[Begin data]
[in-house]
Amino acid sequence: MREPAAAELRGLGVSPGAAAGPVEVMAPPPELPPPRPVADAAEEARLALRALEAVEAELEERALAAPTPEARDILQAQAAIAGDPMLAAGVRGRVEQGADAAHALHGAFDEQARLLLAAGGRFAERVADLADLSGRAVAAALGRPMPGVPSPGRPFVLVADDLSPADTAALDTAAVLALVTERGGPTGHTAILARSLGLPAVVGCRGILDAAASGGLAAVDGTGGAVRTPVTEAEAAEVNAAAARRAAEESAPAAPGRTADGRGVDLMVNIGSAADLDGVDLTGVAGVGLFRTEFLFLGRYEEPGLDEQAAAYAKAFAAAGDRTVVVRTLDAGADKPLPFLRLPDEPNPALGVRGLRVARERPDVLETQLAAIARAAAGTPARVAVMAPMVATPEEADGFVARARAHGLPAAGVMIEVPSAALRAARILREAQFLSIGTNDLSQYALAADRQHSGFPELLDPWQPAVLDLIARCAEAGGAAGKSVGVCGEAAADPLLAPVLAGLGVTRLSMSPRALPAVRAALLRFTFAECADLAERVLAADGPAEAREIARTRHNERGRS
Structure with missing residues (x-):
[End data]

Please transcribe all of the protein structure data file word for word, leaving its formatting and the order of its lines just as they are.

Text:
[in-house]
Amino acid sequence: MREPAAAELRGLGVSPGAAAGPVEVMAPPPELPPPRPVADAAEEARLALRALEAVEAELEERALAAPTPEARDILQAQAAIAGDPMLAAGVRGRVEQGADAAHALHGAFDEQARLLLAAGGRFAERVADLADLSGRAVAAALGRPMPGVPSPGRPFVLVADDLSPADTAALDTAAVLALVTERGGPTGHTAILARSLGLPAVVGCRGILDAAASGGLAAVDGTGGAVRTPVTEAEAAEVNAAAARRAAEESAPAAPGRTADGRGVDLMVNIGSAADLDGVDLTGVAGVGLFRTEFLFLGRYEEPGLDEQAAAYAKAFAAAGDRTVVVRTLDAGADKPLPFLRLPDEPNPALGVRGLRVARERPDVLETQLAAIARAAAGTPARVAVMAPMVATPEEADGFVARARAHGLPAAGVMIEVPSAALRAARILREAQFLSIGTNDLSQYALAADRQHSGFPELLDPWQPAVLDLIARCAEAGGAAGKSVGVCGEAAADPLLAPVLAGLGVTRLSMSPRALPAVRAALLRFTFAECADLAERVLAADGPAEAREIARTRHNERGRS
Structure with missing residues (x-):